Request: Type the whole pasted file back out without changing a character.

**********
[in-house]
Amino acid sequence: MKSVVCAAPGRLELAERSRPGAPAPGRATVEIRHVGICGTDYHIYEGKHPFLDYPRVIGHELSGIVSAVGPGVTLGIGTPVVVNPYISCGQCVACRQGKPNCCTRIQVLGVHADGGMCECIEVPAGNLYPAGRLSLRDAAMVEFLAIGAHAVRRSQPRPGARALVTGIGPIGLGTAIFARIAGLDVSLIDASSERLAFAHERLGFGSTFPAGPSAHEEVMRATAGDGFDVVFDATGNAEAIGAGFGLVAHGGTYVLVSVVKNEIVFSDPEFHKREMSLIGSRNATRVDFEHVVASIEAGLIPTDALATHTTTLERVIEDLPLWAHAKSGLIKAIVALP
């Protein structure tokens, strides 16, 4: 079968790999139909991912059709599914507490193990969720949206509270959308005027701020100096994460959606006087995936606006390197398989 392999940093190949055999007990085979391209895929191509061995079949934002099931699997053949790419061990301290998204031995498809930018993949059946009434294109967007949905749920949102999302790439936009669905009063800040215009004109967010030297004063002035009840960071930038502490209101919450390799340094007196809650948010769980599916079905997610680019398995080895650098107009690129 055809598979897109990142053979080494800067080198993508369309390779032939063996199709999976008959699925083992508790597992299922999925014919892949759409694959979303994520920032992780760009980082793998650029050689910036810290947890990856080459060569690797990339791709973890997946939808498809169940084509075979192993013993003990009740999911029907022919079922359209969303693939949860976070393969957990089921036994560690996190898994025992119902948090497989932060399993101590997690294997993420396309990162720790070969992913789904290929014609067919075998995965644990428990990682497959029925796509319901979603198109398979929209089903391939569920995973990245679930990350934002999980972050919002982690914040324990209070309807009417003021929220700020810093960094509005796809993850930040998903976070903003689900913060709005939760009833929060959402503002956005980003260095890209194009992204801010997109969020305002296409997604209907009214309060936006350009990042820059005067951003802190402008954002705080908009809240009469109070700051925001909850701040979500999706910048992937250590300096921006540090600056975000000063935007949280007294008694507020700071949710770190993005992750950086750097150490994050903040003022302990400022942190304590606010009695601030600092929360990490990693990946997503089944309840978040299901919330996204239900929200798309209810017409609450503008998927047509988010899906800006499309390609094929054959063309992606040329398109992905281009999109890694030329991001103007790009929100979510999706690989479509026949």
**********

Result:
[in-house]
Amino acid sequence: MKSVVCAAPGRLELAERSRPGAPAPGRATVEIRHVGICGTDYHIYEGKHPFLDYPRVIGHELSGIVSAVGPGVTLGIGTPVVVNPYISCGQCVACRQGKPNCCTRIQVLGVHADGGMCECIEVPAGNLYPAGRLSLRDAAMVEFLAIGAHAVRRSQPRPGARALVTGIGPIGLGTAIFARIAGLDVSLIDASSERLAFAHERLGFGSTFPAGPSAHEEVMRATAGDGFDVVFDATGNAEAIGAGFGLVAHGGTYVLVSVVKNEIVFSDPEFHKREMSLIGSRNATRVDFEHVVASIEAGLIPTDALATHTTTLERVIEDLPLWAHAKSGLIKAIVALP
């Protein structure tokens, strides 16, 4: 079968790999139909991912059709599914507490193990969720949206509270959308005027701020100096994460959606006087995936606006390197398989 392999940093190949055999007990085979391209895929191509061995079949934002099931699997053949790419061990301290998204031995498809930018993949059946009434294109967007949905749920949102999302790439936009669905009063800040215009004109967010030297004063002035009840960071930038502490209101919450390799340094007196809650948010769980599916079905997610680019398995080895650098107009690129 055809598979897109990142053979080494800067080198993508369309390779032939063996199709999976008959699925083992508790597992299922999925014919892949759409694959979303994520920032992780760009980082793998650029050689910036810290947890990856080459060569690797990339791709973890997946939808498809169940084509075979192993013993003990009740999911029907022919079922359209969303693939949860976070393969957990089921036994560690996190898994025992119902948090497989932060399993101590997690294997993420396309990162720790070969992913789904290929014609067919075998995965644990428990990682497959029925796509319901979603198109398979929209089903391939569920995973990245679930990350934002999980972050919002982690914040324990209070309807009417003021929220700020810093960094509005796809993850930040998903976070903003689900913060709005939760009833929060959402503002956005980003260095890209194009992204801010997109969020305002296409997604209907009214309060936006350009990042820059005067951003802190402008954002705080908009809240009469109070700051925001909850701040979500999706910048992937250590300096921006540090600056975000000063935007949280007294008694507020700071949710770190993005992750950086750097150490994050903040003022302990400022942190304590606010009695601030600092929360990490990693990946997503089944309840978040299901919330996204239900929200798309209810017409609450503008998927047509988010899906800006499309390609094929054959063309992606040329398109992905281009999109890694030329991001103007790009929100979510999706690989479509026949």